Municipal Court: Crime to Sentencing

     • Ordinance violation committed
     • Police investigation
     • Suspect arrested
     • Complaint filed
     • Arraignment
     • Trial/Plea/Diversion
     • Verdict after trial
     • Pre-sentence investigation
     • Sentencing
     • Probation/Parole hearing
     • Optional exercise of right to appeal
     • District Court arraignment
     • Trial/Plea/Diversion - District Court
     • Verdict after trial
     • Pre-sentence investigation
     • Sentencing

Under Kansas law, a defendant has certain rights.  The defendant can be brought to trial only after a complaint or citation has been filed.  The defendant has the right to examine all the evidence against him or her including any and all police reports pertaining to the case.  Therefore, if you have any concern about the defendant having access to your address or telephone number, you need to relay that information to the Victim-Witness Coordinator.

On extremely rare occasions, witnesses are threatened.  Anyone who threatens you in connection with the case in which you are involved, either in or out of court, may have committed a new ordinance violation.  Immediately contact your local police department and report the threat.

TRIAL - In a trial, the Municipal Prosecutor presents the case and has the burden of proving beyond a reasonable doubt that the defendant did commit the ordinance violation.  The defendant may present evidence, but is not obligated to do so. Furthermore, a defendant may not be compelled to testify.  The trial will be to the Judge of the Municipal Court.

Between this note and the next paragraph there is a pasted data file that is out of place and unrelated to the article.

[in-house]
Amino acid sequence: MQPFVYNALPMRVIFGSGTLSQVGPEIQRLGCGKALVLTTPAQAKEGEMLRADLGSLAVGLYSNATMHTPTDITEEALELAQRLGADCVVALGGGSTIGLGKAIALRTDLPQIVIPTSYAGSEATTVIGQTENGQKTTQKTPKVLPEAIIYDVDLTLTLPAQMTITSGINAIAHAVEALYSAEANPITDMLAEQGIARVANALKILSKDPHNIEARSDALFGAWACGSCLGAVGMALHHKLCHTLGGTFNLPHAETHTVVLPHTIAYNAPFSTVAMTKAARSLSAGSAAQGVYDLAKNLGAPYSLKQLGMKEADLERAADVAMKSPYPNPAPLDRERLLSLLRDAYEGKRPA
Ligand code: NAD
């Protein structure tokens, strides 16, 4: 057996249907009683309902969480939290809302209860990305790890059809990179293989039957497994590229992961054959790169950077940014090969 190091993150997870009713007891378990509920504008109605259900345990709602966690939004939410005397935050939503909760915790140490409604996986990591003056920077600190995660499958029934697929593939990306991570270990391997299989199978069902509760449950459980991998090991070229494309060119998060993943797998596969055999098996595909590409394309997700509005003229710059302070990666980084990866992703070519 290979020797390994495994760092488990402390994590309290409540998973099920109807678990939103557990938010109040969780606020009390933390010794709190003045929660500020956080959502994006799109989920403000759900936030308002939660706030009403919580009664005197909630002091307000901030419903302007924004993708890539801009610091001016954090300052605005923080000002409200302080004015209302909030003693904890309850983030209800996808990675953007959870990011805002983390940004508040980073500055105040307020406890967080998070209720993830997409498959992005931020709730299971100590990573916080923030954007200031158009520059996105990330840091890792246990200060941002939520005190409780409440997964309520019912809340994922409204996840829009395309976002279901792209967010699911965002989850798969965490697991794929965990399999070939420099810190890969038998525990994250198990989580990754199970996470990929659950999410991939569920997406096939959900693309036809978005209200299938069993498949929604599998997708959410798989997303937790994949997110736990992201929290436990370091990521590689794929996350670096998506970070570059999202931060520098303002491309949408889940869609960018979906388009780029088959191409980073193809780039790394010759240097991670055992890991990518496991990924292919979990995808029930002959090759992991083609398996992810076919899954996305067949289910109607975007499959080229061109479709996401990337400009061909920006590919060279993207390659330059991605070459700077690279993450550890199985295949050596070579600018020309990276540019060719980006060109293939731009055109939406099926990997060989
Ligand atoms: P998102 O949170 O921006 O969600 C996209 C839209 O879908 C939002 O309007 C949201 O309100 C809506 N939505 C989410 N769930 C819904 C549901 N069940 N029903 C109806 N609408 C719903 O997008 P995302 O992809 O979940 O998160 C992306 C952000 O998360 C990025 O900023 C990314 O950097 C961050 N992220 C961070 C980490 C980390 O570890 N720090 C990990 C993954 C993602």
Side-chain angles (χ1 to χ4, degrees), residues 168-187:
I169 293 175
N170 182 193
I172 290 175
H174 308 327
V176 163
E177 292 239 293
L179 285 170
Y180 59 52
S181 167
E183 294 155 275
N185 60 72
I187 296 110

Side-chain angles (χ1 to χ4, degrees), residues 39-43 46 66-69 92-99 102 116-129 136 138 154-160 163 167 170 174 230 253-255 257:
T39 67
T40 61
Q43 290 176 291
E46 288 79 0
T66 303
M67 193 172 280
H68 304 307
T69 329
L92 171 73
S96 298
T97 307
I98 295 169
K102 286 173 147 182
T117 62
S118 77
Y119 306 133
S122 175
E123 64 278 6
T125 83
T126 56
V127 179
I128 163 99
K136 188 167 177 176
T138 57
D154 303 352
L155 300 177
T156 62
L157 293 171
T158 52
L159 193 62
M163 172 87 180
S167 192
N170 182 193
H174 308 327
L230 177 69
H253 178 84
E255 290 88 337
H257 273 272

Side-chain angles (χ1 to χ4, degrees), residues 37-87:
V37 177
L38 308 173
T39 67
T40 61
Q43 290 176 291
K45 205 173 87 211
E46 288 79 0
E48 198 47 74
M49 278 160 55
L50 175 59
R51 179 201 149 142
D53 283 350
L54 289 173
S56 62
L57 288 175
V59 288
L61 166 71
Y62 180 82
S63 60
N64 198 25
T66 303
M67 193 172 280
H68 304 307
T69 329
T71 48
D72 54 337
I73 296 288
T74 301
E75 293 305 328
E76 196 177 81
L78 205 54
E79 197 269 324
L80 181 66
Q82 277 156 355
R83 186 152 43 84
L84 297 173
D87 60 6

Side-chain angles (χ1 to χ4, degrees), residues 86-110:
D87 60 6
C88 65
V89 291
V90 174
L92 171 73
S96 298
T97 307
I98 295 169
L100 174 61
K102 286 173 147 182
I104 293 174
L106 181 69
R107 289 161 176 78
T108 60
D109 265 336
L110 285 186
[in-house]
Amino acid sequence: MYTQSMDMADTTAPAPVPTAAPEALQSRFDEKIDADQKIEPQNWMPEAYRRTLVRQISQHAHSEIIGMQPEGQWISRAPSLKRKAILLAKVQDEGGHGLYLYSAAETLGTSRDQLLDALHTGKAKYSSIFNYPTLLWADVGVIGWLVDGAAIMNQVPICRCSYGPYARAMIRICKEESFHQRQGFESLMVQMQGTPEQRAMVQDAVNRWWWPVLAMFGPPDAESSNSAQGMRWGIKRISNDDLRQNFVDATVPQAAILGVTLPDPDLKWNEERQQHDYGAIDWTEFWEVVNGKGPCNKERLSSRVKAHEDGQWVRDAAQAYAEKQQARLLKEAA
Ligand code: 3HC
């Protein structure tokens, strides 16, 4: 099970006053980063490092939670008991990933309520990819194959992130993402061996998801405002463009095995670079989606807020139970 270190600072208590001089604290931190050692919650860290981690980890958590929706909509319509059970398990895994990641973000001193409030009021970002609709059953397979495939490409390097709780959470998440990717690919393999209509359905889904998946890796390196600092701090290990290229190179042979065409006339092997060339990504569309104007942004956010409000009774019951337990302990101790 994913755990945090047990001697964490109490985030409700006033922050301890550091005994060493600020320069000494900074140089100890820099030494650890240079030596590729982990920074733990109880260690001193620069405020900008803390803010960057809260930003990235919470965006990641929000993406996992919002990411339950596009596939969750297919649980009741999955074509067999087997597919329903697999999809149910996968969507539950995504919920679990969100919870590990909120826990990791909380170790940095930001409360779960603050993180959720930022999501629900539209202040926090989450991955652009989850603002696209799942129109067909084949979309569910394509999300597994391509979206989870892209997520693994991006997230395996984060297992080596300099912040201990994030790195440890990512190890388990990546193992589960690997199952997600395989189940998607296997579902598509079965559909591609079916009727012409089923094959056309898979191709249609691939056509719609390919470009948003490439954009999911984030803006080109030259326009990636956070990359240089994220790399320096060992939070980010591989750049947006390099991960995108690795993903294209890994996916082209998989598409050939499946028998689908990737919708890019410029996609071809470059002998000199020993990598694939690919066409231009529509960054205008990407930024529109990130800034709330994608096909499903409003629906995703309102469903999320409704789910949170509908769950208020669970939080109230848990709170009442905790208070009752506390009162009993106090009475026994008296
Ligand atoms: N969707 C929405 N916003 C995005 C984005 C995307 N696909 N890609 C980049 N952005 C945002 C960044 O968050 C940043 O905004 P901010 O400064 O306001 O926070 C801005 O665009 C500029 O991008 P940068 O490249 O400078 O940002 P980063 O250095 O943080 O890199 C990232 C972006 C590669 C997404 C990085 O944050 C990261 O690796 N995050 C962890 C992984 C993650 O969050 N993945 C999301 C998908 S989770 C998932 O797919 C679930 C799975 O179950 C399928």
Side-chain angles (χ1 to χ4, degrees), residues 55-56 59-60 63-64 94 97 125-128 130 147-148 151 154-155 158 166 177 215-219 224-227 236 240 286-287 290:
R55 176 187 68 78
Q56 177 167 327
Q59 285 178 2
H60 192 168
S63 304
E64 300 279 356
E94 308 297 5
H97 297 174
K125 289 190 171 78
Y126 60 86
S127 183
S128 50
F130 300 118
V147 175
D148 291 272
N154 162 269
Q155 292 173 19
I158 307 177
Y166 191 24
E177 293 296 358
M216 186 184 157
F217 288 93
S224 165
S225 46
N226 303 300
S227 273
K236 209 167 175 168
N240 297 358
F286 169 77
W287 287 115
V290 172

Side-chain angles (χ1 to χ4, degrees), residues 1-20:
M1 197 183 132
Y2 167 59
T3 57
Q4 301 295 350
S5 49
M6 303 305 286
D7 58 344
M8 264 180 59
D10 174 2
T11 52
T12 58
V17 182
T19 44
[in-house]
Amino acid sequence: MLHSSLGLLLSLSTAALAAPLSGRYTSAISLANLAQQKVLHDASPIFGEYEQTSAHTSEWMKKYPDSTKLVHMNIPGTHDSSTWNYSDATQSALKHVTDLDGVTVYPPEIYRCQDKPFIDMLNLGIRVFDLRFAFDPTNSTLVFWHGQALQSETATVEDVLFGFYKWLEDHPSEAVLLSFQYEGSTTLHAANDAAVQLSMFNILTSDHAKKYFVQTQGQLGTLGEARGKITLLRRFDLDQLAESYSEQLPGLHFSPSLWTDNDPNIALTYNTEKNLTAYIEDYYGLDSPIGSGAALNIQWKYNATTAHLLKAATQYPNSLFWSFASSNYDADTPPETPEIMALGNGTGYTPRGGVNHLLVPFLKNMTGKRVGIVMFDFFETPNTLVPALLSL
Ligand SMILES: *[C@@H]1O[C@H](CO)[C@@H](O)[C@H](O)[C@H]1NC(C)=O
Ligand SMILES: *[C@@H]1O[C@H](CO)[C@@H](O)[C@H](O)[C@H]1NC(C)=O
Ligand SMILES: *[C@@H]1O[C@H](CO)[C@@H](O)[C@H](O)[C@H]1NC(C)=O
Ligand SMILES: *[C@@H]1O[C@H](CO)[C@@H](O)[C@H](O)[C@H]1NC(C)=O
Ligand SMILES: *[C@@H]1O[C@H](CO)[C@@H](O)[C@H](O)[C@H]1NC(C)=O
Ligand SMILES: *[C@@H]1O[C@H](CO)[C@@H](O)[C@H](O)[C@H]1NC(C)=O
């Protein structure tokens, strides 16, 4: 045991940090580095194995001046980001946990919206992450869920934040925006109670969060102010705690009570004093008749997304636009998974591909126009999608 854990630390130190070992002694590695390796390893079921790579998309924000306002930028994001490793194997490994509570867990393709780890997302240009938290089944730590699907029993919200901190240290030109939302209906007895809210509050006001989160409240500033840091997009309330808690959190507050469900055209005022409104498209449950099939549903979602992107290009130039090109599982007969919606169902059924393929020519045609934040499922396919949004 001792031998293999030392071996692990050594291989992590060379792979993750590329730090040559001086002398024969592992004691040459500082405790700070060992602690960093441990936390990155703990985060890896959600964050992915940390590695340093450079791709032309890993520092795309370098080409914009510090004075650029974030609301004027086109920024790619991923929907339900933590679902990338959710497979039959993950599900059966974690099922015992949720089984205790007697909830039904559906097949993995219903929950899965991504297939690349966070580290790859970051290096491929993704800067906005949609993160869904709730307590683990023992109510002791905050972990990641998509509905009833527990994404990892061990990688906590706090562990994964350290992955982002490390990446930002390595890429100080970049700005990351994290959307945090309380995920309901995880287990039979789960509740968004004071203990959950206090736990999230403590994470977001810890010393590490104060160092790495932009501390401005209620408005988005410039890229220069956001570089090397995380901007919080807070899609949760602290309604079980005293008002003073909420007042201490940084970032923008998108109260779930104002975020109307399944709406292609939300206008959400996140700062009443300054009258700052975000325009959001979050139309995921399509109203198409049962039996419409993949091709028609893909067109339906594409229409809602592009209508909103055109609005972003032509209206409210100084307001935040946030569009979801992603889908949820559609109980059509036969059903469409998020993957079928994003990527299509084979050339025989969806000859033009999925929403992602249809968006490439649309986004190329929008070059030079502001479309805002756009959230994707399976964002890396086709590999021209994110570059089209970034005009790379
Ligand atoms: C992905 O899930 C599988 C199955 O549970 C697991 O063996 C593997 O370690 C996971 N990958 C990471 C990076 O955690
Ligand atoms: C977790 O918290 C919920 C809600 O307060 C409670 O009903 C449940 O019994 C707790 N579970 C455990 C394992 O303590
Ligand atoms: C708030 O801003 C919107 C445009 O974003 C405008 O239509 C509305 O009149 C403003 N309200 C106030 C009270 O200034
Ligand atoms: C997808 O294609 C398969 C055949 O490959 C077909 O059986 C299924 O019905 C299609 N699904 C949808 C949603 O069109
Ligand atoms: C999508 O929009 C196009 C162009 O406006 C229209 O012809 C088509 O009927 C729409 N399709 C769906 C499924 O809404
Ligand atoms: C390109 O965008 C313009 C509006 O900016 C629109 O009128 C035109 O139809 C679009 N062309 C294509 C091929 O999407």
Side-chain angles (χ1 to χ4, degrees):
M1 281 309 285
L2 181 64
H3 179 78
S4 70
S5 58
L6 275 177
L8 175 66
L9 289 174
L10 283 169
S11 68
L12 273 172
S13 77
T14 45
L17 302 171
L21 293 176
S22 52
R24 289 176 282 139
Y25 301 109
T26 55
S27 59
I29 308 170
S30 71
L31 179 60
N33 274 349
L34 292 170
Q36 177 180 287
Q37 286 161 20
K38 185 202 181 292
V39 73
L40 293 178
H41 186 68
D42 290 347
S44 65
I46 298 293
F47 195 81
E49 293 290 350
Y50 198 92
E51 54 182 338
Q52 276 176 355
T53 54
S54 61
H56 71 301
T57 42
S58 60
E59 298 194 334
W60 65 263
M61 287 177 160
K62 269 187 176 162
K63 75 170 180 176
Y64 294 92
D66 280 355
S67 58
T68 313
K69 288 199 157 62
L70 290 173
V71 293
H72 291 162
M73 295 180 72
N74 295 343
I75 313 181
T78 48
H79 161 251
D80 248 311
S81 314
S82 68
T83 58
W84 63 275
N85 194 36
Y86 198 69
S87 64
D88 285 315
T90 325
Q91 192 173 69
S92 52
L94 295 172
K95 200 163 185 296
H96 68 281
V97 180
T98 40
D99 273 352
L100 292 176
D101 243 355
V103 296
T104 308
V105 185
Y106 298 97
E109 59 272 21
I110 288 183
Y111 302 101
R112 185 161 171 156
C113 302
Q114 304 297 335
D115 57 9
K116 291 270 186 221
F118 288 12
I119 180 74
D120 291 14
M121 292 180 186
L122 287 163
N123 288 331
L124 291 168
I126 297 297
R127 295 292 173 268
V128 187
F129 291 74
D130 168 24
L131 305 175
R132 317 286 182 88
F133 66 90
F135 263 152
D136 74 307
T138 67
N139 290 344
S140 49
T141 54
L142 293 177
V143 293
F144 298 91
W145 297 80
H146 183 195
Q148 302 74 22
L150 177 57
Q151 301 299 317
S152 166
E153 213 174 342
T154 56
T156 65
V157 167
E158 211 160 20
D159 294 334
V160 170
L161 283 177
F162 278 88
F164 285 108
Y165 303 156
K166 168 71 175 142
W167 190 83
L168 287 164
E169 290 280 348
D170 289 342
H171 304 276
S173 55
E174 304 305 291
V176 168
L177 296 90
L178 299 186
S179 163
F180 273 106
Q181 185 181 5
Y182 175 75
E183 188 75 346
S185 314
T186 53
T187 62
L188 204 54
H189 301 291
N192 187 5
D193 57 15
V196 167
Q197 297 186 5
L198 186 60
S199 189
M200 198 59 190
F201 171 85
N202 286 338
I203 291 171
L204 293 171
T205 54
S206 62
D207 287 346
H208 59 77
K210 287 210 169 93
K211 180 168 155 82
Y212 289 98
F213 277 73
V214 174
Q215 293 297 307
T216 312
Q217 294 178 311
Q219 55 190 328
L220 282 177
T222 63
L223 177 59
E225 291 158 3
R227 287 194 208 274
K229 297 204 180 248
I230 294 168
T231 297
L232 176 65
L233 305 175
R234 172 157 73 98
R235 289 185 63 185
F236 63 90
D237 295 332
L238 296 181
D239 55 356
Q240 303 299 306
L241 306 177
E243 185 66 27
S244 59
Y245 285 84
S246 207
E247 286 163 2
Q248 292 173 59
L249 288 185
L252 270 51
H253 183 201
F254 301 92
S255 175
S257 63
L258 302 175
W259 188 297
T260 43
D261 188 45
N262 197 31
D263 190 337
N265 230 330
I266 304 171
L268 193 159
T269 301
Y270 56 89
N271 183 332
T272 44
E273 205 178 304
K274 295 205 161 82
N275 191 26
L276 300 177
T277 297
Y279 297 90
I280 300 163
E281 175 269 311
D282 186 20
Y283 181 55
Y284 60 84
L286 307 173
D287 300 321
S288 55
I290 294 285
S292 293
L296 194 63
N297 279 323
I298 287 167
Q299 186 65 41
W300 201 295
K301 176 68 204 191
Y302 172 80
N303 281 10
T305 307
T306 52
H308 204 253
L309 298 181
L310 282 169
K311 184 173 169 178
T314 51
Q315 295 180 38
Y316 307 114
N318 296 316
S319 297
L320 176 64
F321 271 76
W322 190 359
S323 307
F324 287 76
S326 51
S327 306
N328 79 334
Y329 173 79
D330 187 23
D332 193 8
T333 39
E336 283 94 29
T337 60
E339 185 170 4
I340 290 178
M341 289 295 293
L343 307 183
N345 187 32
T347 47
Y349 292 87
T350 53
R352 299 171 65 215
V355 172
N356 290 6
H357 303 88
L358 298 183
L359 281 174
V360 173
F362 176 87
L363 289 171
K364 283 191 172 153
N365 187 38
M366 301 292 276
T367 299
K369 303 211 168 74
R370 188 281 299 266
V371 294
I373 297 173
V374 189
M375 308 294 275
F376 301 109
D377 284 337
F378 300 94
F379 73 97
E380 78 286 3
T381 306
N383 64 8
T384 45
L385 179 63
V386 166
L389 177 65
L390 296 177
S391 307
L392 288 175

SUBPOENA - Approximately 10 days before the trial the court will mail you a letter at the last known address the court has for you.  It will tell you when and where to testify.  You should notify the Victim-Witness Coordinator if your home or work address or telephone numbers change.  The court may impose a penalty if you fail to obey the subpoena.

WITNESS TESTIMONY - As a witness for the City, you have an important part in the trial.  You will be questioned by the prosecutor about who you are and what you know about the case.  The defendant's attorney may then cross-examine you (question you about your knowledge in this case).  You may feel during some of the questioning that your personal motives are doubted, but the process of cross-examination is necessary to assure that all sides of the case are told and to establish the truth.  If you have questions about what will happen at trial discuss your concerns with the prosecutor prior to trial.

What if the defense attorney contacts me about the case?
You may discuss the case with the defense attorney if you wish, although you have no legal obligation to do so.